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I’m proud of you for posting this. You’re not a bad person and you’re right you shouldn’t always ignore your “voice”. There’s no doubt in my mind that things will work themselves out and you will still be the fabulous Katie that I know. We need to drink soon. <3 you!


Thanks, Leslie. Drinks for sure! (THAT definitely hasn’t changed.) I less-than three you too. ;)


Stellar mental health is not something my family was blessed with. My sis is a certifiable nutcase(though you didn’t hear it from me,) I’m very up & down, and my little brother is more so. Every winter he’s very, very down. Like stick your head in the oven down. One winter when he was living in our basement, I had to drag him out of bed each day and make him eat. When he was in an apt across town, I’d call him on a winter day, and find that he hadn’t gone into work and was just going to spend the next week on the couch with Buster(his dog,) and I’d force him to eat and go to work.

This is a life of the party guy. An epic ideas & celebrations kind of guy. Also a very down guy. It turns out he needs sunlight. He has a great support system, and he has a light lamp now that helps. My brother insisted that there was nothing wrong for years. It’s great that you’re getting counseling and that you’re shedding a light on a topic that doesn’t get talked about in polite circumstances. Thanks for sharing.


It’s great that your brother is getting help, because he sounds like an awesome person! I think SAD (Seasonal Affective Disorder) definitely has its merits. I notice my mood greatly improves inside when I’m getting sunshine and warmth outside.

I also know it’s difficult when other people in your family seem to be suffering. It’s hard when you have to put your own needs aside to assist people you think have it worse, but the truth is, you can’t really help them if you don’t help yourself. It’s like what they tell you about those oxygen masks on an airplane – put your own mask on first, because you can’t help anyone if you’re dead from asphyxiation. Or something like that. ;)


Most people will say it’s not a bad sign to talk to yourself. You should only be worried when you answer back. (Quiet Matthew…no one must know I exist!).

I hit my monthly lulls and it’s only natural. We have things we want, things we expected would maybe be different at this stage in life.

In my eyes, part of me would love to be in your shoes right now (metaphorically of course, my feet are probably way too big, my legs can’t pull off heels and it would be weird sharing a bed with the Hubs).


You know, part of me loves being in my shoes right now, too. Most people aren’t lucky enough to have every opportunity handed to them on a silver platter, right there for them to pursue, with the full support of their spouse. But there are certain things… namely guilt… for not contributing more, for feeling depressed, for not being the person he married… that make it a lot harder to reach those goals.

But I’m working on it. :)


Hey girlie! I think it is good to listen to your inner voice. Like you said you know yourself best – all others can do is listen and support but in the end you will have to do what is right for you. No one can make a decision for you. Hang in there! The counselor will help you find perspective. Don’t be down about the job thing either. So many people put a great deal of value in defining who they are by what they do and it really doesn’t mean anything-unless you are doing something to save mankind or something earth shattering like that. Otherwise it is just a way to pay bills and if you’re lucky go on vacation! :)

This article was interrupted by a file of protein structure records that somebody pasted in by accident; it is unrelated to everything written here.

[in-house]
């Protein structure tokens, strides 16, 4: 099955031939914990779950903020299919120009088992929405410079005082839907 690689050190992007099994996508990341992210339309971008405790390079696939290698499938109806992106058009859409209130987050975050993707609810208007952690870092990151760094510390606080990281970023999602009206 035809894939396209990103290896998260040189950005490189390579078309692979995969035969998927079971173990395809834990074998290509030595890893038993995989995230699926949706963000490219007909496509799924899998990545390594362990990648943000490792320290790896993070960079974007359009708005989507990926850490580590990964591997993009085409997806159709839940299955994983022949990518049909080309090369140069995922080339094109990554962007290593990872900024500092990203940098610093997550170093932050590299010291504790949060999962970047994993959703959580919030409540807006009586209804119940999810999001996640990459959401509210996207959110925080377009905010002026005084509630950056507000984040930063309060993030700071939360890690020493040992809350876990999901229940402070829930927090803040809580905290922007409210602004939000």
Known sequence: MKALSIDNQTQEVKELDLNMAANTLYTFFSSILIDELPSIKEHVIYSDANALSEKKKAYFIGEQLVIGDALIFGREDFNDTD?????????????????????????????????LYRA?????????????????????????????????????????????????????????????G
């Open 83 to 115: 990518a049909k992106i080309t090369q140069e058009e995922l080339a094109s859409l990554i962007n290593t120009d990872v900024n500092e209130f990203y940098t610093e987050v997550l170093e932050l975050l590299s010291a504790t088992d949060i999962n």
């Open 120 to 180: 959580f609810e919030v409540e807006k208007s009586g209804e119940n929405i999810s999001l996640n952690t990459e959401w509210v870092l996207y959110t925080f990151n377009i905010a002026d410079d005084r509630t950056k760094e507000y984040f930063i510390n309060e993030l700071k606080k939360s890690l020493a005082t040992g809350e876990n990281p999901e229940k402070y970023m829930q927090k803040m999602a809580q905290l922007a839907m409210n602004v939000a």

You’re absolutely right, Mindy. I always thought I was analytical enough to handle my own problems, and when I couldn’t do it, I had plenty of friends who are more than willing to listen and hand out sound advice over a glass of wine, and I honestly thought for the longest time that was enough. But sometimes you need someone completely unbiased – someone who doesn’t know you at all – to get you to see what you haven’t been able to grasp.

And thanks for the comment about the job. I know you’re right, but it still helps to see someone say it. :)


sends thoughts of support for such a personal and well articulated post .


Thank you. I will be fine. It’s just that sometimes you have to get that stuff out there, you know? :)

I’m glad you’re still reading!


of course i am your a great person with a great blog and are very skilled and enjoyable writer.. II apologize If my some what silence making you think other wise . I will attempt to comment more even if its just to say great post :) …which is a given for you because all of them are :) . I am looking forward to your spain blogs.


Great post. I see nothing wrong at all with talking with someone, in fact it was the smartest thing I did right after my breakup. Sometimes it helps to hear another perspective, and sometimes it just helps that you can say whatever you are feeling without fear of judgment. I don’t think any of your readers mind you talking about this stuff – I personally appreciate it because it shows me that my highs and lows are more normal than I thought. Thanks!!


I’m glad it helped, Catherine. I think it’s always good to know that no matter how alone we might feel, we don’t have to experience everything by ourselves. :)

There Will Be Vespas. - Domestiphobia

[…] uncomfortable bits, like the time I accidentally made my head look like a greased-up piglet and that other time I got really, really depressed. I want to be exactly what I am. A normal person trying to figure it all out, and then showing you […]